Pip Pip hooray

Pip Hanson's emulsified olive oil cocktail caught the eye of I.W. when Marvel Bar first opened in August. Now, it appears the buzz has gone beyond the Twin Cities. Marvel got some love in the new issue of Imbibe, the country's liquid bible, as Hanson's Oliveto was named "Drink of the Week" on the magazine's website. Hanson described the cocktail's creative ingredients (which also include egg white) as giving the drink "a totally unique, silky meringue texture." Drink of the week? I.W. has had the pleasure of downing quite a few Olivetos. Around here it's known as "Drink of the Week," "Drink of the Weekend" and "Drink of the Week-After-Next."

  • TOM HORGEN

Badger buddies

I.W. was arguing that "Breaking Bad" was superior to "Modern Family" during a segment Tuesday on Channel 5's "Twin Cities Live," when we were suddenly interrupted via Skype by a surprise guest: Steven Levitan, co-creator of "Modern Family." Turns out Levitan is close friends with fellow panelist and KSTP personality Rusty Gatenby. In fact, they were roommates at the University of Wisconsin and have been in each other's weddings. I.W. quickly tried to recover, lauding Levitan for maintaining such high quality in Season 3, but we couldn't escape at least one jab. Before the segment was over, we asked Levitan to tell us an embarrassing story about Gatenby from his college days. "That will be answered on 'Breaking Bad,'" Levitan said.

  • NEAL JUSTIN

Exit stage left

Whose voice will welcome patrons to the Guthrie now that production stage manager Russell W. Johnson is no longer with the theater? Johnson -- whose recorded voice is, for the moment, still being played for escalator riders at the Big G -- became a former Guthrie employee late last week after a nearly-three-decade run in which he worked on some of its biggest productions. He had been stage-managing "Much Ado About Nothing." Johnson's abrupt departure has left the Twin Cities theater community perplexed and atwitter. Guthrie spokester Quinton Skinner said that as a matter of policy, the theater does not comment on personnel matters.

  • ROHAN PRESTON

Graywolf in the hunt

The finalists for the National Book Award were announced this week, and, no surprise, Graywolf Press of Minneapolis was in the thick of things with Deborah Baker's "The Convert," a biography of a Jewish woman who converts to the Muslim faith. "Deborah was bold to take on the subject," Graywolf publisher Fiona McCrae told I.W. But competition will be stiff. There's another bold book among the nonfiction finalists -- a gorgeous biography of Pierre and Marie Curie told in a most unusual way. "Radioactive," by Lauren Redniss, is not quite a graphic novel, not quite a picture book, but something in between. It's well-researched and beautifully designed, with pictures and typography and a special font Redniss designed herself. And just think, there are another 19 finalists out there. An embarrassment of riches.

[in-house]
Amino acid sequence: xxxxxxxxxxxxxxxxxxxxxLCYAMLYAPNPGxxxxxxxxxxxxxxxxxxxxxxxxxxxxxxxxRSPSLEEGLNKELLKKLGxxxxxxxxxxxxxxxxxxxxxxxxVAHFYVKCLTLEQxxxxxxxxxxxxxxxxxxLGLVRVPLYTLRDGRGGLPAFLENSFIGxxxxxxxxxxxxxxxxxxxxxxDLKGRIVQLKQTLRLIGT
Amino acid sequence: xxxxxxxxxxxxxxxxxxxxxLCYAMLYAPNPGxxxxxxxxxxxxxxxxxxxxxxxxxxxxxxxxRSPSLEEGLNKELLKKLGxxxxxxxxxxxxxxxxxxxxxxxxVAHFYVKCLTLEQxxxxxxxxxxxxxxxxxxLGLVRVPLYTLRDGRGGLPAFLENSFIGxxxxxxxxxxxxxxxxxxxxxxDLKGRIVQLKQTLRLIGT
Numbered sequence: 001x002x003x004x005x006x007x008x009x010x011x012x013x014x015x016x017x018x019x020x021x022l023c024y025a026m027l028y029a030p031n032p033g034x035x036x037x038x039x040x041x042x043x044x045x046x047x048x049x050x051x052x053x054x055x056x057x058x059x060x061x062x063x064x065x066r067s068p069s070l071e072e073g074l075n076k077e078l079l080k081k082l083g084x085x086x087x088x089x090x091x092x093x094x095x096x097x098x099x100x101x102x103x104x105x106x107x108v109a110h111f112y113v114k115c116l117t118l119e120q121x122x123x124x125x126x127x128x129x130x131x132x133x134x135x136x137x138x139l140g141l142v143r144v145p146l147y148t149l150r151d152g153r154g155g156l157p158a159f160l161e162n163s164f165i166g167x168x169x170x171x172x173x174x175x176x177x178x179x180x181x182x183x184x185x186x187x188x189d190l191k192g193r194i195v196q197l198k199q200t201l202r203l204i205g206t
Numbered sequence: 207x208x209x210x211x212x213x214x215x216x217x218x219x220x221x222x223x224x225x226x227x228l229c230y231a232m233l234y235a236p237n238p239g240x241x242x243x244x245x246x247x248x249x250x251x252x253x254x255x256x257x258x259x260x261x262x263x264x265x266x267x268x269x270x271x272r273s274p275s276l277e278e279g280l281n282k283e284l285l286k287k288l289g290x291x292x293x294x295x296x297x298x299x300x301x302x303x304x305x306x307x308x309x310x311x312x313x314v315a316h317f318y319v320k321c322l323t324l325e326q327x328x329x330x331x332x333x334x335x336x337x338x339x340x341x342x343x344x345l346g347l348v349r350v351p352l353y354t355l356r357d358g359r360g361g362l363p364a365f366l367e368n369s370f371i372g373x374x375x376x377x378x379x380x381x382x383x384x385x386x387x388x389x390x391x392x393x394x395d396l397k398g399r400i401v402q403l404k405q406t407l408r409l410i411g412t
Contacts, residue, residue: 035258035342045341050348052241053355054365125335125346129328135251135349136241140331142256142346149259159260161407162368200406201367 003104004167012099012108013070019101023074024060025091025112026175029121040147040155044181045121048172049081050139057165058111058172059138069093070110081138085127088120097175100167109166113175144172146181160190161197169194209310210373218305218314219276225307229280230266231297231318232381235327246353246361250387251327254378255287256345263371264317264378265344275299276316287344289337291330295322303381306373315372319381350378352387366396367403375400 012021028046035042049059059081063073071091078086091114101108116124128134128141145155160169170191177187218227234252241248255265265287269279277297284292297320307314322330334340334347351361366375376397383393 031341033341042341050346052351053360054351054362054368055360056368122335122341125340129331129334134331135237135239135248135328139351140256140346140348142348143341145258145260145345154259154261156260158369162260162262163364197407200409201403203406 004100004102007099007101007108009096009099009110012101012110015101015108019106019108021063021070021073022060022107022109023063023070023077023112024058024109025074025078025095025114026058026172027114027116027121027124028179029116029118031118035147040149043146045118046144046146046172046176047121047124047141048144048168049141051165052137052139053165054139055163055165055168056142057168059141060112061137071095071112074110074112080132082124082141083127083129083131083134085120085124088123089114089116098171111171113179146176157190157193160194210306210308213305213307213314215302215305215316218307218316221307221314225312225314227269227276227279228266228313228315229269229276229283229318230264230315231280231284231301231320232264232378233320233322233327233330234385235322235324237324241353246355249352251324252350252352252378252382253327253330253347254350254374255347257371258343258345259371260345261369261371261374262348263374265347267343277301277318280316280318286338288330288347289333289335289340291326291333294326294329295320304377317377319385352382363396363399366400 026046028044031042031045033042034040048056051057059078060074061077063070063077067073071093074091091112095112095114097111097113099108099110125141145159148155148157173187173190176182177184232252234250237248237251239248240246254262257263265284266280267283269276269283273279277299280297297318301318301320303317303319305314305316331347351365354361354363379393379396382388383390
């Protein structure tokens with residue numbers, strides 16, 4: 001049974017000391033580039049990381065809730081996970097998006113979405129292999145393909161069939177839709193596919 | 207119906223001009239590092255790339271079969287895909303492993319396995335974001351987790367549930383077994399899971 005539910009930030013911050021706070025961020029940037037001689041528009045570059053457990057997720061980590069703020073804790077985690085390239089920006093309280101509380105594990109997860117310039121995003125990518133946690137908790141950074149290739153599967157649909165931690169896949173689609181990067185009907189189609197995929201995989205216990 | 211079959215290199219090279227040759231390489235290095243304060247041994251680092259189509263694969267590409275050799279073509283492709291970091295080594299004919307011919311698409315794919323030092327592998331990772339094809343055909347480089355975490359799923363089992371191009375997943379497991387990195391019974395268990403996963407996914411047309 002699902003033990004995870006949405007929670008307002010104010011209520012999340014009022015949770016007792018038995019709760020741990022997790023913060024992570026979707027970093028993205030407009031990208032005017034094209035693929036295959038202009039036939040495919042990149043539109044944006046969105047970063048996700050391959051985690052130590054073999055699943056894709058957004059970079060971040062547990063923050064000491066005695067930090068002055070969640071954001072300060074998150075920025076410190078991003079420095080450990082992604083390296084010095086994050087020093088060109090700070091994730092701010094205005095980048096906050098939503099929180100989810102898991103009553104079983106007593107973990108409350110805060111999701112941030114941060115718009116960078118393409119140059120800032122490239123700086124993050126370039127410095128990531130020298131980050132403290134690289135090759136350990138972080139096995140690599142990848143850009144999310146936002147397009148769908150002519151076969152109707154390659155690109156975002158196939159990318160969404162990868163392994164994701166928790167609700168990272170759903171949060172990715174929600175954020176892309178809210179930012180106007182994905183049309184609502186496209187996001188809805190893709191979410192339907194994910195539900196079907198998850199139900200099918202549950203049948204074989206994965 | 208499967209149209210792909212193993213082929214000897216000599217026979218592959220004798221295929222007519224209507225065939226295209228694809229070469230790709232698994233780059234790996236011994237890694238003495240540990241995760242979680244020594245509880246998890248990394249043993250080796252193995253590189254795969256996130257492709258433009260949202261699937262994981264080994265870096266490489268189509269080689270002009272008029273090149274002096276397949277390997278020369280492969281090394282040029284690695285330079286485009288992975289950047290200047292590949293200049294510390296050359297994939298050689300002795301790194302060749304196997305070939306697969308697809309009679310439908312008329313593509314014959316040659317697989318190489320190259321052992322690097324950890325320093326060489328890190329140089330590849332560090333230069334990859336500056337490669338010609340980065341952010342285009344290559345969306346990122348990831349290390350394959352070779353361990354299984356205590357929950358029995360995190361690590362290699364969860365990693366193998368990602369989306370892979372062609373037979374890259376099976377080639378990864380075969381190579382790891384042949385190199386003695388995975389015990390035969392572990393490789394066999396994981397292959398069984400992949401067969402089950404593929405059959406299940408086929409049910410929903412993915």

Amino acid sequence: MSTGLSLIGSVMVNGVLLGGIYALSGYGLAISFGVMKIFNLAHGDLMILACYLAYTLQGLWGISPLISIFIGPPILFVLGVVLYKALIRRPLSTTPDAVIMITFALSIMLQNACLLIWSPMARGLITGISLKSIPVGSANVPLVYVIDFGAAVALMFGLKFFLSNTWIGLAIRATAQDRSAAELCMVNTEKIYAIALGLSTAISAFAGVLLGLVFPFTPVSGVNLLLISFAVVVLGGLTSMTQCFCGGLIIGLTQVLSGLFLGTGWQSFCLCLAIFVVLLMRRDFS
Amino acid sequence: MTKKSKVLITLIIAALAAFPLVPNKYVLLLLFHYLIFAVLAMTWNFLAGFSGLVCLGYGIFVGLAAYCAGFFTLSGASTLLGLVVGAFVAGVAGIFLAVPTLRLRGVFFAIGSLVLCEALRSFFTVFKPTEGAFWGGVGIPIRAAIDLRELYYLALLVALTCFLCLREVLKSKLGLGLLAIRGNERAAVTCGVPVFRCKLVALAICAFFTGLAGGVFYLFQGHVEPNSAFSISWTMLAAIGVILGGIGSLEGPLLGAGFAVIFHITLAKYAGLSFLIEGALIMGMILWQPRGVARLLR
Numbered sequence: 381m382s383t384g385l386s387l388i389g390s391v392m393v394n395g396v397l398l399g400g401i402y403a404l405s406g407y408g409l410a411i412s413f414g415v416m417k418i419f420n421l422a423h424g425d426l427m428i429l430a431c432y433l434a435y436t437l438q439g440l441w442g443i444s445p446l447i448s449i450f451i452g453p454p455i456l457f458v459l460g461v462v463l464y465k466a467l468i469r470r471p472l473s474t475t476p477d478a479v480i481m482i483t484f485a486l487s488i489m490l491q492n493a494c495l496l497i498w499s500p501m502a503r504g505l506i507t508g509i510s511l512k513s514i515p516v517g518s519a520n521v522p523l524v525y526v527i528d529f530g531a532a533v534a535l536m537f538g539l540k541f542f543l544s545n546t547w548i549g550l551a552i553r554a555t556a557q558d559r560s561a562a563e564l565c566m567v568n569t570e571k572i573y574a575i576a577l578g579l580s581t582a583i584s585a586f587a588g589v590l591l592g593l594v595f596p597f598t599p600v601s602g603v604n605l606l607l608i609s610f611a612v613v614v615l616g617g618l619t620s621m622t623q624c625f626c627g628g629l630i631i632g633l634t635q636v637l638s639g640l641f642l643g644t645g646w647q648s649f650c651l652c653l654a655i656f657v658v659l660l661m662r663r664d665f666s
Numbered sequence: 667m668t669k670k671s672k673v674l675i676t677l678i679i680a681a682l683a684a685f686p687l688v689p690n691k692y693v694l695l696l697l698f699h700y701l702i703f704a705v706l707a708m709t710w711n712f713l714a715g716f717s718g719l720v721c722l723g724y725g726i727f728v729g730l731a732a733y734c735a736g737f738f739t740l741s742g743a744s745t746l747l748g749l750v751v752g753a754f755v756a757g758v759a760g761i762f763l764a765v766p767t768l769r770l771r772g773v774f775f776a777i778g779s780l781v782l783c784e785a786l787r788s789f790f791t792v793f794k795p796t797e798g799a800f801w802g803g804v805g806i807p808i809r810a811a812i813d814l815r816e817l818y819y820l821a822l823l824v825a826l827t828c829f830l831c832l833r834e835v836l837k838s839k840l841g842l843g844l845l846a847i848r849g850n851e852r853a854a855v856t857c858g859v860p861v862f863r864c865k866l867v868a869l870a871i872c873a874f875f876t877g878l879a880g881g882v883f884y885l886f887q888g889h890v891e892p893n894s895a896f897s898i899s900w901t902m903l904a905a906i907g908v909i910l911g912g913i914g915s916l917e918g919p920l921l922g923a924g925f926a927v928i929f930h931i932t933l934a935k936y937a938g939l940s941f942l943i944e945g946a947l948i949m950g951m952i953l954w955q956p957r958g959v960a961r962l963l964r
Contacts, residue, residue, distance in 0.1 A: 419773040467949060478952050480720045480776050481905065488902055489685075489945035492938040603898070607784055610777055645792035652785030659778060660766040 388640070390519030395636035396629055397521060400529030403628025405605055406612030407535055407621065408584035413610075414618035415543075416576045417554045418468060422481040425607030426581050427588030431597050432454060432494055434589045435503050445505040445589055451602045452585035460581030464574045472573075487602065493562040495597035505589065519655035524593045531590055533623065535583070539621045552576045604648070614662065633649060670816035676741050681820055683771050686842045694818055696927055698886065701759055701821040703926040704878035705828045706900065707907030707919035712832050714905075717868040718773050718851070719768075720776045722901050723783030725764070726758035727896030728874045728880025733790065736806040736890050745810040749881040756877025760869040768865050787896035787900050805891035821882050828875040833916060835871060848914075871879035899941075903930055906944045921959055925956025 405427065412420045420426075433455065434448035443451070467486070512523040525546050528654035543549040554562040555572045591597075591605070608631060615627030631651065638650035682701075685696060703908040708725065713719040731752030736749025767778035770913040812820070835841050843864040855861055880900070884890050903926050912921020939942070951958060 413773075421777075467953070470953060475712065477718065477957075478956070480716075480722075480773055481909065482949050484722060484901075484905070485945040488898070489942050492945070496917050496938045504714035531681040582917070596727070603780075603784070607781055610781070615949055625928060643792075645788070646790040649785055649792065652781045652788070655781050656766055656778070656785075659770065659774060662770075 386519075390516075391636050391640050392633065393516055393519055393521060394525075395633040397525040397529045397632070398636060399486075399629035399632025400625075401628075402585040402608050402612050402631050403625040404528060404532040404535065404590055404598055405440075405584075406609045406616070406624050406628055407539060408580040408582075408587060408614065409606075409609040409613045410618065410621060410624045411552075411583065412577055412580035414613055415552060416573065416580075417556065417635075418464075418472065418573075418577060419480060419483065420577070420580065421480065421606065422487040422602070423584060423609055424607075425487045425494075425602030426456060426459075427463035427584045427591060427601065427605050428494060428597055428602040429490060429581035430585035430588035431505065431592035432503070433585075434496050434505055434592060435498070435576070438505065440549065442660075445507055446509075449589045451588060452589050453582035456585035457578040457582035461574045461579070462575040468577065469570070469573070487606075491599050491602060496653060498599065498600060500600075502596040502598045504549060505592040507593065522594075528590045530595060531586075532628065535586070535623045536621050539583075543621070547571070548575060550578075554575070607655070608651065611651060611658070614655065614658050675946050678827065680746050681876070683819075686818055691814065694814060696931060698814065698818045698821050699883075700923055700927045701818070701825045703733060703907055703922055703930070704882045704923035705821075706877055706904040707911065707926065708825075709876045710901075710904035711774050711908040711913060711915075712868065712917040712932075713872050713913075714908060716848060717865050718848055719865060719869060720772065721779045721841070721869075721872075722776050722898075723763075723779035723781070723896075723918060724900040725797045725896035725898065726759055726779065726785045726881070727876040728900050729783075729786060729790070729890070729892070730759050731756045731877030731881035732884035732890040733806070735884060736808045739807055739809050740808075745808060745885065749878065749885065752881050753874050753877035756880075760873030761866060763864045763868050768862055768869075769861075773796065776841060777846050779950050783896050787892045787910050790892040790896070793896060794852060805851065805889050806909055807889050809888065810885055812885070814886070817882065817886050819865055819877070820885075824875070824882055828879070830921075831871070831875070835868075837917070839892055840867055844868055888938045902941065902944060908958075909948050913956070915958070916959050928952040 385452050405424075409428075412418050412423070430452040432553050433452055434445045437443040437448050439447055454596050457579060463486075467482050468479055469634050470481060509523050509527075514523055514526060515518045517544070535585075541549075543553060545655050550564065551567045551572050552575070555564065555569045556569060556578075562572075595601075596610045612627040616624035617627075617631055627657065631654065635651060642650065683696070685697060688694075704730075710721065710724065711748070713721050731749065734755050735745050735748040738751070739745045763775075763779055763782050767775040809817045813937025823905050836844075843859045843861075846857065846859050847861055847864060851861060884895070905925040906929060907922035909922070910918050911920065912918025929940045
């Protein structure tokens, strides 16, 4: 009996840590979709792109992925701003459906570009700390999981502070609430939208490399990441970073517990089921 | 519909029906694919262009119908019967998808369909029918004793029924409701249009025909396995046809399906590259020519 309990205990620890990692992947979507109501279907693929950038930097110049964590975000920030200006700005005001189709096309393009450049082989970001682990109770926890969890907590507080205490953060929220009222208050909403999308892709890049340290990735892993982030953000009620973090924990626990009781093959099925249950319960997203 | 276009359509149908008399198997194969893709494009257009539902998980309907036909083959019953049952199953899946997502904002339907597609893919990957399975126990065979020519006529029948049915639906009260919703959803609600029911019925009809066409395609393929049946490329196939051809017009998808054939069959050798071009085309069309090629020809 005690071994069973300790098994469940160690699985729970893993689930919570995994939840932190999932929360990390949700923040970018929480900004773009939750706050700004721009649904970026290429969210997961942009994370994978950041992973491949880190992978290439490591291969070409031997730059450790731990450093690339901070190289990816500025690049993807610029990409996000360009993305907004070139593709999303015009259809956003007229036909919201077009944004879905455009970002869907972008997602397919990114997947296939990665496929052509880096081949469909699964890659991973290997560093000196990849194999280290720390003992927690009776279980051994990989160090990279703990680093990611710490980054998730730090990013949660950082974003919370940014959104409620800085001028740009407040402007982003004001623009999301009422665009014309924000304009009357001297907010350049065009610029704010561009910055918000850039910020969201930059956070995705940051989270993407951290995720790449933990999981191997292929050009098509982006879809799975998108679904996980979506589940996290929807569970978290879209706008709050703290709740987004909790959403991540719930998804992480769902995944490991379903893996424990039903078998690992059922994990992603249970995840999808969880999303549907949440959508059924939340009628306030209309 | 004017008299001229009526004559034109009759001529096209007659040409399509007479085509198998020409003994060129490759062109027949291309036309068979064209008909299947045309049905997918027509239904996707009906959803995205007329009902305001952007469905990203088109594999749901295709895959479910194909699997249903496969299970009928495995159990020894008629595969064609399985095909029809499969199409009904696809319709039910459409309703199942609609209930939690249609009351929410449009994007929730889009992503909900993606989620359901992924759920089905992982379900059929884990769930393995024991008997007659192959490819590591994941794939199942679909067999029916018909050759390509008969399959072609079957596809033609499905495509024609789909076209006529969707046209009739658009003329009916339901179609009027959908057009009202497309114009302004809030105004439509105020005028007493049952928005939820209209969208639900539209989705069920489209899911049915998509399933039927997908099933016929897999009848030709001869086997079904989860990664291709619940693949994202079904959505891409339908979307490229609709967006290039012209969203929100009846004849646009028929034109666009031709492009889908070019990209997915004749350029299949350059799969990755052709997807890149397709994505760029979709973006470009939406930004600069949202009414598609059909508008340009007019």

• LAURIE HERTZEL

Parking Lot-a-Palooza

In this day and age, a concert failing to draw a big crowd is hardly anything out of the ordinary. What's interesting about last weekend's PegHead-Palooza, though, is just how poorly it fared -- and how confident its organizer still appears to be about future events. Held at a Star Tribune parking lot in downtown Minneapolis (the Strib was involved only as landlord), the daylong concert featured 1980s metal hitmaker Dokken as headliner plus six mostly unknown bands. The $18 event drew only about 300 of the 4,000 hoped for, according to promoter JD Gassman. Local act the Japhies estimated their audience at 20 people. "We kind of lost our butt," Gassman told I.W. But he plans to put on another PegHead-Palooza next year, as well as both a country and a hip-hop festival. I.W. suggests that next time a certain parking lot in Arden Hills might work.

  • CHRIS RIEMENSCHNEIDER

The Sounds of MOA

The Sounds of Blackness holds a few Twin Cities records: first choir to win a Grammy (it's collected three), oldest choir with some original members (this is the group's 40th anniversary) and most album-release parties at Mall of America (this will be No. 5). Founder/director Gary Hines' powerful gospel-infused choir is staging another MOA celebration in honor of "Sounds of Blackness," its 10th album and first for the venerable Southern soul label Malaco Music. The new single, the uplifting soul-gospel "Fly Away," showcases the mighty choir and vocalist Jamecia Bennett, daughter of former Sounds lead singer Ann Nesby and mother of "American Idol" finalist Paris Bennett. Embracing everything from spirituals to the Beatles' "Hey Jude," the new album features several special guests, including guitarist Norman Brown, "Funkytown" vocalist Cynthia Johnson, two choirs from Japan, two musicians from India, and singer Doris Hines, the director's 87-year-old mother, who will join the Sounds at 6 p.m. Tuesday at MOA's rotunda.

  • JON BREAM